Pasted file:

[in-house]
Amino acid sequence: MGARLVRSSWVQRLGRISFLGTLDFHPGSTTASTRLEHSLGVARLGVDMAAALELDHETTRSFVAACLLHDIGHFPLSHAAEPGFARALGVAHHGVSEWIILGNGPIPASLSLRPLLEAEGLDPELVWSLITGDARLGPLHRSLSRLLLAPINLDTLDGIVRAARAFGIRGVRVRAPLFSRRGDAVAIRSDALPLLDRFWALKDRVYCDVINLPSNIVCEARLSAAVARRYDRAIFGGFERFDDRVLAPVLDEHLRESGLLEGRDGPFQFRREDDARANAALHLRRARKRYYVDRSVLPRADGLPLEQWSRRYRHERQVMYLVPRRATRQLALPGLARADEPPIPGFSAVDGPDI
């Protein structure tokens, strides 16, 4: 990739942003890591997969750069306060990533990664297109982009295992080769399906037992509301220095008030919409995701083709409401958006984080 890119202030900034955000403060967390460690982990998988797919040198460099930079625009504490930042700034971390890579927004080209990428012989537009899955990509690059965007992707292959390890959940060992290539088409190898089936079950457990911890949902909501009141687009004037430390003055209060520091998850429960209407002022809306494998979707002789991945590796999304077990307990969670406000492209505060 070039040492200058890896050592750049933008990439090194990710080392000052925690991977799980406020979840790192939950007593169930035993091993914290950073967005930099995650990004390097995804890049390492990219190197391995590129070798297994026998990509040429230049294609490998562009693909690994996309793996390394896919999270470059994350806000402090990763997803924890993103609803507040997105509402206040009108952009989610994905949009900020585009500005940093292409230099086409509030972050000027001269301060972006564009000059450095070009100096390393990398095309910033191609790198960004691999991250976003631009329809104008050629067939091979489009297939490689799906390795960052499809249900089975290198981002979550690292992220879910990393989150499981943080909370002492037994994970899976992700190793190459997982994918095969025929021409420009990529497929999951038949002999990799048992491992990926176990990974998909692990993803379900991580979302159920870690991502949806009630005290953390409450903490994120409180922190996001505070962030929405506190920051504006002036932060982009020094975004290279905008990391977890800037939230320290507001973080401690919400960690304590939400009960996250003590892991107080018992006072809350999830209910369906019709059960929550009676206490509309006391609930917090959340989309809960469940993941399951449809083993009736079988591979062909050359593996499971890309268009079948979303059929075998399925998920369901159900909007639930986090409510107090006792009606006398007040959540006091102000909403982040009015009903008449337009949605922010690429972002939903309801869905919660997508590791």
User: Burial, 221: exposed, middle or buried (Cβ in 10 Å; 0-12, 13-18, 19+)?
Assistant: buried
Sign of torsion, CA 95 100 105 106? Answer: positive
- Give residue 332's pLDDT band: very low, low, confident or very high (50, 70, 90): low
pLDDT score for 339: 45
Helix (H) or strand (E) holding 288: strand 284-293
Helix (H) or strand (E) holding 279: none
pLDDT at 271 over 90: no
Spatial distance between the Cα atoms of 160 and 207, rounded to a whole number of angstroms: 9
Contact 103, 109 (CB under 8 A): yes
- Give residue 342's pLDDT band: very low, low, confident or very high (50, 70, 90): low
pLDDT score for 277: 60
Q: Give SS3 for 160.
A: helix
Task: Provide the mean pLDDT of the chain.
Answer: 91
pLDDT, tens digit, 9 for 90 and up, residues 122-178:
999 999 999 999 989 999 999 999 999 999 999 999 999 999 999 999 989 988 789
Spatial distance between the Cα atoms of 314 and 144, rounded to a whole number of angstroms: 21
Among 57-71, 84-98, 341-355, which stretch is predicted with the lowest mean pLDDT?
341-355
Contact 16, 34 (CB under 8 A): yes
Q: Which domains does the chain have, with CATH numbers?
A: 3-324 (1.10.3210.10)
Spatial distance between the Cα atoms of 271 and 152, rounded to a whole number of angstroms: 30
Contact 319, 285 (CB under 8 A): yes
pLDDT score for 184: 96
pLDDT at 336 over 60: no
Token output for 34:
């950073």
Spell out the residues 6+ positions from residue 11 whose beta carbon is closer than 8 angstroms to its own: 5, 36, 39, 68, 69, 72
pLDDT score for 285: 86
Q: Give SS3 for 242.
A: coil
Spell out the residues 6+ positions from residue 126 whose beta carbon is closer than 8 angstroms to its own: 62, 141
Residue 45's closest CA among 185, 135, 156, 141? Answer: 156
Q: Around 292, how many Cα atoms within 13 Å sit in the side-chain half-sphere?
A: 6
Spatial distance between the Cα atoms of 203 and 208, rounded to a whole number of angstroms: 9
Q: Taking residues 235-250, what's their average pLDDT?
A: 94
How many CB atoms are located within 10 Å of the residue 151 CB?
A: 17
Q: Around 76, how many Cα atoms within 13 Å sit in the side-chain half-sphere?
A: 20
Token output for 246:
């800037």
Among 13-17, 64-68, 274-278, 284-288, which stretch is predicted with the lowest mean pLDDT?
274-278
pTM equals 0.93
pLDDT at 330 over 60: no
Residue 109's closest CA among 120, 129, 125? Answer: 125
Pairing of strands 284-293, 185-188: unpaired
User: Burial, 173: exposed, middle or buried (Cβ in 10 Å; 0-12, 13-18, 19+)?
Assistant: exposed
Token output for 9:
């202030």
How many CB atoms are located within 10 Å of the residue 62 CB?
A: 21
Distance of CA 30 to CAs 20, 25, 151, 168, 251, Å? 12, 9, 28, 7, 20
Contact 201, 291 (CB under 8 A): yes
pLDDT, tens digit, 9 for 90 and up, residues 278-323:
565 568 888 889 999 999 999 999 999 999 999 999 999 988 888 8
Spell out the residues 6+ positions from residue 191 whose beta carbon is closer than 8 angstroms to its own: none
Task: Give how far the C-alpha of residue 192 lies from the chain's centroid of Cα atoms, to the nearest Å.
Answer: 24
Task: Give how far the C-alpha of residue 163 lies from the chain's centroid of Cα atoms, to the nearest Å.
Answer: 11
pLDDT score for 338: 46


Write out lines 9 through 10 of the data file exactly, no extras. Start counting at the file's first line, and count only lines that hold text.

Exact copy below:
Helix (H) or strand (E) holding 288: strand 284-293
Helix (H) or strand (E) holding 279: none